The wildfires in Australia: what’s going on and what’s being done

(Catarina Sousa/Pexels photo)

Australia is currently in the midst of a crisis, the country is experiencing its worst bushfires in decades, devastating people’s land and property and killing millions of animals who are unable to escape the flames. 

The story so far

Since July 1st, 2019, bushfires have been raging across Australia with record-breaking hot temperatures, months of drought and high winds exasperating the problem helping the fires to burn. In January 2020, the fires are still ongoing having torn their way through over 10 million hectares of land. With more than 200 fires currently burning, the death toll has now reached 28 with 6 people still missing in fire-affected regions across New South Wales and Victoria. More than 2000 homes have been destroyed with some farmers losing entire herds of their livestock. 

The government response

The Australian government, in particular, their prime minister Scott Morrison, has been highly criticized for their failure to anticipate and fight the disaster with Mr. Morrison fueling criticisms against him by also failing to see a link between the unprecedented scale of the bush fires and climate change. As the crisis escalated over the Christmas period Mr. Morrison took his family on holiday to Hawaii and faced a nationwide backlash for abandoning his country and his people in one of their greatest times of need. In response to such criticisms, the prime minister has since expressed his deepest regrets over how he and his cabinet have so far handled the crisis and has promised to find A$2 billion to help the country to recover. 

Despite his best efforts, Mr. Morrison has already lost favor with the Australian public, with support for him plummeting to its lowest levels. A Newspoll survey shows his approval ratings to have dropped by 8% since the last poll conducted on December the 8th 2019, now standing at 37%, a score that is now lower than his rival Labour leader Anthony Albanese. The Australian public has also taken to social media and a number of petitions are now being shared calling for Mr. Morrison to be removed from office.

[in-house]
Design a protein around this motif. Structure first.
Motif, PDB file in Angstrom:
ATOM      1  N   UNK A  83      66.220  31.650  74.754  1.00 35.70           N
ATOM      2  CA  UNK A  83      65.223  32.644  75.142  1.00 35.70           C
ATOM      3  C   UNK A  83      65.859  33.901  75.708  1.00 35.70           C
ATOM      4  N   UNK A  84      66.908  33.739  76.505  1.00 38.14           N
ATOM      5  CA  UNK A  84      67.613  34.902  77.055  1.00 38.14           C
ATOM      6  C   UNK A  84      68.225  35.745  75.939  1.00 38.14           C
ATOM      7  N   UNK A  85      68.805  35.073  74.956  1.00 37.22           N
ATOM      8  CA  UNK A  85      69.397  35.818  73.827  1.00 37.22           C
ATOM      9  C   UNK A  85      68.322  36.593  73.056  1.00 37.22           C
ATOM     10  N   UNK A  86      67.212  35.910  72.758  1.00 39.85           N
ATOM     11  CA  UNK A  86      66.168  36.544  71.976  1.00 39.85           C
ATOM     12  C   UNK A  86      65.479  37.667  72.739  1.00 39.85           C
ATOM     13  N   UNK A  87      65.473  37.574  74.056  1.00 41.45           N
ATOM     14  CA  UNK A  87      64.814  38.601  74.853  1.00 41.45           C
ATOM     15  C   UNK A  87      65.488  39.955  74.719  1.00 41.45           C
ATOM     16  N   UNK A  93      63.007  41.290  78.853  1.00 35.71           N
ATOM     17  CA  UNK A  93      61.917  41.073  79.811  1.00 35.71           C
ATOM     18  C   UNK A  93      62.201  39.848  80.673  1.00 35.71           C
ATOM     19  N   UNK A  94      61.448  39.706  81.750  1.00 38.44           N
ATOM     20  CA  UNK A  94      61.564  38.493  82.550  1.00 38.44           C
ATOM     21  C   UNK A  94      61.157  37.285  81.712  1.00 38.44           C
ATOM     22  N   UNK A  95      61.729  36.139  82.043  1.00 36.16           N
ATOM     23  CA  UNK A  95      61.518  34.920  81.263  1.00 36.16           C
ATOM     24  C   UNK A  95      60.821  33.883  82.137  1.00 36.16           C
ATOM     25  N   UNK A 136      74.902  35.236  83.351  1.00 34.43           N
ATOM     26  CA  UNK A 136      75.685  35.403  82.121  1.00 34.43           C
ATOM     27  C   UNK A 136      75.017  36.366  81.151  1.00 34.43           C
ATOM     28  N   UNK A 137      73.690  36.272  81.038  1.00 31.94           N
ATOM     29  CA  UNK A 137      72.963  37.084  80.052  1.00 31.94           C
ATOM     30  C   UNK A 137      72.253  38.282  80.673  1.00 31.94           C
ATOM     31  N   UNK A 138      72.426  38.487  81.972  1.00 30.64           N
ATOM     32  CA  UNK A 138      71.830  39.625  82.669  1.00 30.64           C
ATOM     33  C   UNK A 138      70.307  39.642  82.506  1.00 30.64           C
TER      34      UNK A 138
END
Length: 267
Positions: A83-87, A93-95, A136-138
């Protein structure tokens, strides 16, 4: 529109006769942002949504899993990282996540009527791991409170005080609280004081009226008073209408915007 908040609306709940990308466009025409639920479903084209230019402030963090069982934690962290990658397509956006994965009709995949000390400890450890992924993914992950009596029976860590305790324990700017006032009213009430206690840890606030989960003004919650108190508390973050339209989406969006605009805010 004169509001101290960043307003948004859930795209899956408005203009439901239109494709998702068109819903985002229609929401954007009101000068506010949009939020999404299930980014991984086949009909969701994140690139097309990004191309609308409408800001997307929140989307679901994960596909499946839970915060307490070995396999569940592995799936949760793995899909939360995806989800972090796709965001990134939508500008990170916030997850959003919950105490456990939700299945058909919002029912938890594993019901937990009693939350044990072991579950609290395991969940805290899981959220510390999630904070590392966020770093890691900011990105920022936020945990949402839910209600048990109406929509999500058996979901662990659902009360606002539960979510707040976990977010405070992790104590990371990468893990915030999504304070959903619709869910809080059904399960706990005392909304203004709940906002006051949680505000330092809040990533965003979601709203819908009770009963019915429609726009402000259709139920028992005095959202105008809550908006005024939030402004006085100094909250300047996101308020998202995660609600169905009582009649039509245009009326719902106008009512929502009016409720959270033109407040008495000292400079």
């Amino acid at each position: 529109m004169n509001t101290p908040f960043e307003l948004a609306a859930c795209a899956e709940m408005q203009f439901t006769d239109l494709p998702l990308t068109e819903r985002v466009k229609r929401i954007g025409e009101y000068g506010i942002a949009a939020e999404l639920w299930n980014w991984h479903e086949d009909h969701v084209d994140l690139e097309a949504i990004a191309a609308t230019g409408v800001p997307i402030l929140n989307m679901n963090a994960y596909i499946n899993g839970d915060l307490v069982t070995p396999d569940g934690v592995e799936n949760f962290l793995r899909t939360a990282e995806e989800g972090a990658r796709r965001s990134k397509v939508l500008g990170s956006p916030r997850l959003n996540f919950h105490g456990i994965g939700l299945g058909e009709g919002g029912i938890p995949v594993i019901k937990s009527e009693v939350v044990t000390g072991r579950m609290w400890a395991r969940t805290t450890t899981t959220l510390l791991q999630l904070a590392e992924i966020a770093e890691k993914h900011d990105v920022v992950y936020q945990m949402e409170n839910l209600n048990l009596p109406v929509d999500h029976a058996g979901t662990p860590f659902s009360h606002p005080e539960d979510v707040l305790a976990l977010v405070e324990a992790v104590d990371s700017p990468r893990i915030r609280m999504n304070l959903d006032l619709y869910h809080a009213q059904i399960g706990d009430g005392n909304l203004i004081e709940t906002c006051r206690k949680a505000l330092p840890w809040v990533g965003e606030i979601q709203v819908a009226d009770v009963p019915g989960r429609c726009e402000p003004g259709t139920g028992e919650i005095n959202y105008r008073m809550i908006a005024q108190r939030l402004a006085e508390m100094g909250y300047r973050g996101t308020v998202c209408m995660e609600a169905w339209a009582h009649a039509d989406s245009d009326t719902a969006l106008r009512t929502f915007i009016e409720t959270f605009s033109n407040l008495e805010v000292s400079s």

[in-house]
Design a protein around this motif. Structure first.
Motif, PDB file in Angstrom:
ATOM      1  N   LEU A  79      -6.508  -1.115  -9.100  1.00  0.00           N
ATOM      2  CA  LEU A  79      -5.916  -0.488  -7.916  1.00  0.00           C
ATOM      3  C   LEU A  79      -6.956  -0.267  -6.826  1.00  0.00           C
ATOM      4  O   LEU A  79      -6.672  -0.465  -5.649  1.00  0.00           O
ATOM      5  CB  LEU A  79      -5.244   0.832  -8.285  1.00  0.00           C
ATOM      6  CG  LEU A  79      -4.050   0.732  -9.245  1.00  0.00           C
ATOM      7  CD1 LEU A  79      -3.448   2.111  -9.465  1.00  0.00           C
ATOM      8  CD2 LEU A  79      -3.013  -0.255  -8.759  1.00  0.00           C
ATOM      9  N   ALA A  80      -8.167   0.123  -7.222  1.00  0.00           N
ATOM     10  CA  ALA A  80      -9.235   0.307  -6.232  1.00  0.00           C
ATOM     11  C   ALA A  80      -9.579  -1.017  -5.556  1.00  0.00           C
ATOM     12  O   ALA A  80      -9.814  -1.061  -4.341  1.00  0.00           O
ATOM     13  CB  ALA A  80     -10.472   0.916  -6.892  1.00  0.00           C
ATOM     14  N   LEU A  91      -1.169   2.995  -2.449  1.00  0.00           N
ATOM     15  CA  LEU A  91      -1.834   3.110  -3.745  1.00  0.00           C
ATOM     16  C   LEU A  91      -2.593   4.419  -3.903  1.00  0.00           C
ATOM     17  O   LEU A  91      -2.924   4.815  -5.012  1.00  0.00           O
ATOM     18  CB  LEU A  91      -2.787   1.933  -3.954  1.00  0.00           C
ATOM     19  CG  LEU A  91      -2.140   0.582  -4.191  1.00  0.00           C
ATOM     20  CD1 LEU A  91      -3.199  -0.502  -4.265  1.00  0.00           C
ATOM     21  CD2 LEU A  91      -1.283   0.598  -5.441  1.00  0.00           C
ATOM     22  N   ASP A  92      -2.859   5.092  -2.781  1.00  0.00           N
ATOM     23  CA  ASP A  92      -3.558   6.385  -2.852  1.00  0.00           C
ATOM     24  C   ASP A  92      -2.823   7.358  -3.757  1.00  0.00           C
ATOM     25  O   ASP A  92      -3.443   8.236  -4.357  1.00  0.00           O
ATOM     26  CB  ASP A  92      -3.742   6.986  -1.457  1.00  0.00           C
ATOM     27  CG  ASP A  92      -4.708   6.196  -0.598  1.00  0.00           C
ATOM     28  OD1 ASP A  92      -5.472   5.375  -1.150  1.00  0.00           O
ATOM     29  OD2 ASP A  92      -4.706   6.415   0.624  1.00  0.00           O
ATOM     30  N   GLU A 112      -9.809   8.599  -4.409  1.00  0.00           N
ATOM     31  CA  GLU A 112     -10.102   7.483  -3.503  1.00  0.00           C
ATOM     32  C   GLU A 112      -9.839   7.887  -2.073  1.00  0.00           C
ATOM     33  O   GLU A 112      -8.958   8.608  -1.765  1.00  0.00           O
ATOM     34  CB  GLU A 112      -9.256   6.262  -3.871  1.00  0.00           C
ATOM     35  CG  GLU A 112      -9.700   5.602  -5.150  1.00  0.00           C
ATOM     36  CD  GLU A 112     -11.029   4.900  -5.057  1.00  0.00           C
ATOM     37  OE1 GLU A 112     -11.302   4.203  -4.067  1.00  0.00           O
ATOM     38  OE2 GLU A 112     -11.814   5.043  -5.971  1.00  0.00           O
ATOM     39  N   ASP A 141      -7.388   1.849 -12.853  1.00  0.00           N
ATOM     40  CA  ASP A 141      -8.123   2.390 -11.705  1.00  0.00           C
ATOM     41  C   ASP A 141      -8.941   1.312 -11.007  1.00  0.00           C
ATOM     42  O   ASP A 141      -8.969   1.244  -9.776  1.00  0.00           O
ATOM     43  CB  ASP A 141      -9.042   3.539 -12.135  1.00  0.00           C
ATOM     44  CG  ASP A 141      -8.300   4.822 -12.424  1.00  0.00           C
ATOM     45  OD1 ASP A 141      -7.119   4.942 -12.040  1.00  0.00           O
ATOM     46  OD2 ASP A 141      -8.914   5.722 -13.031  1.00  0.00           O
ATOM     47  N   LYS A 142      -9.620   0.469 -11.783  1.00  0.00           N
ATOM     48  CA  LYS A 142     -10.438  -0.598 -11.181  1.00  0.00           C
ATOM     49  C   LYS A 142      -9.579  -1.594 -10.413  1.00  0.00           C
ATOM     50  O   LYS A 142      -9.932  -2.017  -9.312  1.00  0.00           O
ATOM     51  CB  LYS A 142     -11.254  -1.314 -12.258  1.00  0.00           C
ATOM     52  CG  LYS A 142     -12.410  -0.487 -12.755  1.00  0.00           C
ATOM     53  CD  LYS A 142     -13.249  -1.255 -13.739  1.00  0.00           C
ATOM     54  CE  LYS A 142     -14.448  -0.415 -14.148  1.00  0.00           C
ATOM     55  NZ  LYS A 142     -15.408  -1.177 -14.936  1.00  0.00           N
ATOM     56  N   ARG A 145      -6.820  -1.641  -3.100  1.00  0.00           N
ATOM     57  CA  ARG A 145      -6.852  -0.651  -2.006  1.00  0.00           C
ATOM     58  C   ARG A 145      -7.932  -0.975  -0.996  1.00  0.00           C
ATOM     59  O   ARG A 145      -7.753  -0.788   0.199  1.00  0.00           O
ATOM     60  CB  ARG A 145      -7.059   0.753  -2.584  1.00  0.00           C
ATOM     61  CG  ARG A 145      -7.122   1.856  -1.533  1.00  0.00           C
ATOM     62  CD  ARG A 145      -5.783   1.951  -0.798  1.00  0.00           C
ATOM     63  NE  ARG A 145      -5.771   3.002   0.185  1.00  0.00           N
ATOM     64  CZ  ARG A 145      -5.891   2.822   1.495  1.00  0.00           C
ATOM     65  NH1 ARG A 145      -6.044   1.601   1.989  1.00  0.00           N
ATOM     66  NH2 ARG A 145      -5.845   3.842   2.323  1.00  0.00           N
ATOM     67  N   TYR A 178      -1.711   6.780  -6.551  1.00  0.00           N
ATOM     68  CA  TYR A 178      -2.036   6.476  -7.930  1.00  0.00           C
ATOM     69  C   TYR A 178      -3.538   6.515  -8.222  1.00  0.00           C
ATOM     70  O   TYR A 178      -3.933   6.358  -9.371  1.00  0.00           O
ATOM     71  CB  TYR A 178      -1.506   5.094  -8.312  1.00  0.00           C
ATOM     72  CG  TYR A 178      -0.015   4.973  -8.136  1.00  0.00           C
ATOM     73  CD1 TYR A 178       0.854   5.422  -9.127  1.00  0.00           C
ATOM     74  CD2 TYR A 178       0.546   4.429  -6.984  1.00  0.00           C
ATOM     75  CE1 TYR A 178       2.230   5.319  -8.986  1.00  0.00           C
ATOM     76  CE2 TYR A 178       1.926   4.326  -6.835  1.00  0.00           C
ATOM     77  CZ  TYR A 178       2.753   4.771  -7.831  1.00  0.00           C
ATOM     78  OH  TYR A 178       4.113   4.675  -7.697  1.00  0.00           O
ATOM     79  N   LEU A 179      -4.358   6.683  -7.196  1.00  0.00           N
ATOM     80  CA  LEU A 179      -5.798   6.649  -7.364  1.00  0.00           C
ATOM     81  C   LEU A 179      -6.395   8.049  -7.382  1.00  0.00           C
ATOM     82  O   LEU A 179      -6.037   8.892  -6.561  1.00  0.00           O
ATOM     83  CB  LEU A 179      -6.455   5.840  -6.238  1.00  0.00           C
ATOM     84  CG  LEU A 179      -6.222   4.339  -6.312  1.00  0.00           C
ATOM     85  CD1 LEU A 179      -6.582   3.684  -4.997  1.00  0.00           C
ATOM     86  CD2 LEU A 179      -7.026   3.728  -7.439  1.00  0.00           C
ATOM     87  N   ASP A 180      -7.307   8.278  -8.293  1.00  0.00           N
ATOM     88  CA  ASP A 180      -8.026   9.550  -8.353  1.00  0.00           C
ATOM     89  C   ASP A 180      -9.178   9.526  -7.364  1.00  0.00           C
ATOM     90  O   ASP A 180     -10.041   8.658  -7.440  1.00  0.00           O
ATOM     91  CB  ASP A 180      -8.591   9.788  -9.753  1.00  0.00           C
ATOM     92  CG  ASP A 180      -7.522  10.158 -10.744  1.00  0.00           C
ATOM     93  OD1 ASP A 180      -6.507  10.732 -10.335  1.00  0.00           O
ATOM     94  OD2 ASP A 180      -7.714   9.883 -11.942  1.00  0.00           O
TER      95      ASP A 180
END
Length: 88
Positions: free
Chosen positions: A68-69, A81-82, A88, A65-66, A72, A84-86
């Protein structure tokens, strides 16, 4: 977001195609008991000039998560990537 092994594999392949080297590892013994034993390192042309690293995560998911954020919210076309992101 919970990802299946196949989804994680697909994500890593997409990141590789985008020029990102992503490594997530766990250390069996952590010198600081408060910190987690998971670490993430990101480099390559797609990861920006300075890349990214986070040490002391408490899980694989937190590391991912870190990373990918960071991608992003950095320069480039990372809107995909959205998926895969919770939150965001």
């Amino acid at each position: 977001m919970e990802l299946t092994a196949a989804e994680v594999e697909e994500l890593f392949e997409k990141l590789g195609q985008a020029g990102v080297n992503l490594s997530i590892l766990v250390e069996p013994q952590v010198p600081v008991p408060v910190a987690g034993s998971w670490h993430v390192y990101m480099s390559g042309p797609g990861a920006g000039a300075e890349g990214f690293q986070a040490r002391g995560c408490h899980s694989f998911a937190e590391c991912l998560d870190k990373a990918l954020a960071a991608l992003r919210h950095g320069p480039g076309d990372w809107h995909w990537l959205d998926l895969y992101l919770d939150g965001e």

What is being done

With the lack of support from the government, the Australian public has largely taken matters into their own hands with a number of high profile celebrities starting fundraisers to find the money to fight the fires destroying their home country. One such sensation is the comedian Celeste Barber whose Facebook Fundraiser to raise money for Australian Wildlife Relief has now raised over $51 million Australian dollars – leaving many people to wonder if perhaps Mr. Morrison should be taking communication tips from Celeste rather than his advisors. 

Although the largest fundraiser Celeste is not alone in generating valuable income for cash strapped charities with Facebook reporting a total of more than 19,000 Public Fundraisers having been created, drawing support from all over the globe with donations coming in from 75 countries and supporting more than 250 organizations. 

On the ground 

On the ground, fighting the fires is proving to be a monumental task with more than 3700 firefighters working day and night to battle the blazes across the country. Helping the fire service are the Australian Army, Navy, and Air Force, emergency personnel and firefighting volunteers from the US, Canada, and New Zealand. This incredibly long campaign which has now been underway for more than 5 months is taking a toll both physically and mentally on all those involved. 

Fire crews are tackling the blazes with a combination of on the ground and airborne equipment dousing the flames in water from helicopters, planes, and hoses. Sadly, the scale of the fires makes it very difficult for crews to get a handle on the flames and many believe the fires won’t stop until Australia receives a significant portion of rain. 

Alongside the firefighter’s, charities and volunteers are rescuing thousands of animals, forced to leave their homes, many suffering from severe burns, dehydration and life-altering injuries. Sadly, not all are able to escape and it is estimated that the wildfires have already killed more than half a billion animals. For those that survive or have been taken into care, their future is still unknown with large swathes of their habitats destroyed taking many years to recover. 

The future for Australia

At present the future for Australia sits largely unknown, the fires still rage, donations still pour in and people are still doing all they can to save their homes, their wildlife, and their country. One thing, however, is for sure, with the current rate of climate change the scale and frequency of wildfires are not going to stop and this is a huge wakeup call for the world to take action.

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